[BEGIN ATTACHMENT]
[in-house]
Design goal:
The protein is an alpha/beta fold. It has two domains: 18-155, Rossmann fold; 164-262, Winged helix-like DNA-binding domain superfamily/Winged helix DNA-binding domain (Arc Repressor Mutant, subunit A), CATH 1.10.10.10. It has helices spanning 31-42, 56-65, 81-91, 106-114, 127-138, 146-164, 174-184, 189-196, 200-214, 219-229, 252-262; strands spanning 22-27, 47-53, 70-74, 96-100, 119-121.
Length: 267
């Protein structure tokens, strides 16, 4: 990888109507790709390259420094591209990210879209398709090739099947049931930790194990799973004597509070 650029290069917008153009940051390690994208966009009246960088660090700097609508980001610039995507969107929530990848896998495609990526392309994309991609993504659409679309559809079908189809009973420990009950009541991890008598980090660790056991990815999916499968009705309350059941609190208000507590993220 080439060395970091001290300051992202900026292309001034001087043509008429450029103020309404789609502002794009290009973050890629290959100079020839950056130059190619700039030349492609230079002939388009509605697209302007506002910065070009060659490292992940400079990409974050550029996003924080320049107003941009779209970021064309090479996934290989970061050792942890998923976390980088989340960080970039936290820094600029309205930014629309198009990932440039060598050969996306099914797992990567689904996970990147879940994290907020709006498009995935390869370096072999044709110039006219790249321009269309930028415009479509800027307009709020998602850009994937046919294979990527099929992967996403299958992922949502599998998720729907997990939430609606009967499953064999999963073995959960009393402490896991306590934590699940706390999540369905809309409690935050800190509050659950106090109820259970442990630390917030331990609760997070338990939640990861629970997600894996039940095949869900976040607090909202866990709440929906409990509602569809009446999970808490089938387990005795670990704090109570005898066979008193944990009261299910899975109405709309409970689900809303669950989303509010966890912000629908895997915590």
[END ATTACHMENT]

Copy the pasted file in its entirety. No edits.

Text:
[in-house]
Design goal:
The protein is an alpha/beta fold. It has two domains: 18-155, Rossmann fold; 164-262, Winged helix-like DNA-binding domain superfamily/Winged helix DNA-binding domain (Arc Repressor Mutant, subunit A), CATH 1.10.10.10. It has helices spanning 31-42, 56-65, 81-91, 106-114, 127-138, 146-164, 174-184, 189-196, 200-214, 219-229, 252-262; strands spanning 22-27, 47-53, 70-74, 96-100, 119-121.
Length: 267
């Protein structure tokens, strides 16, 4: 990888109507790709390259420094591209990210879209398709090739099947049931930790194990799973004597509070 650029290069917008153009940051390690994208966009009246960088660090700097609508980001610039995507969107929530990848896998495609990526392309994309991609993504659409679309559809079908189809009973420990009950009541991890008598980090660790056991990815999916499968009705309350059941609190208000507590993220 080439060395970091001290300051992202900026292309001034001087043509008429450029103020309404789609502002794009290009973050890629290959100079020839950056130059190619700039030349492609230079002939388009509605697209302007506002910065070009060659490292992940400079990409974050550029996003924080320049107003941009779209970021064309090479996934290989970061050792942890998923976390980088989340960080970039936290820094600029309205930014629309198009990932440039060598050969996306099914797992990567689904996970990147879940994290907020709006498009995935390869370096072999044709110039006219790249321009269309930028415009479509800027307009709020998602850009994937046919294979990527099929992967996403299958992922949502599998998720729907997990939430609606009967499953064999999963073995959960009393402490896991306590934590699940706390999540369905809309409690935050800190509050659950106090109820259970442990630390917030331990609760997070338990939640990861629970997600894996039940095949869900976040607090909202866990709440929906409990509602569809009446999970808490089938387990005795670990704090109570005898066979008193944990009261299910899975109405709309409970689900809303669950989303509010966890912000629908895997915590």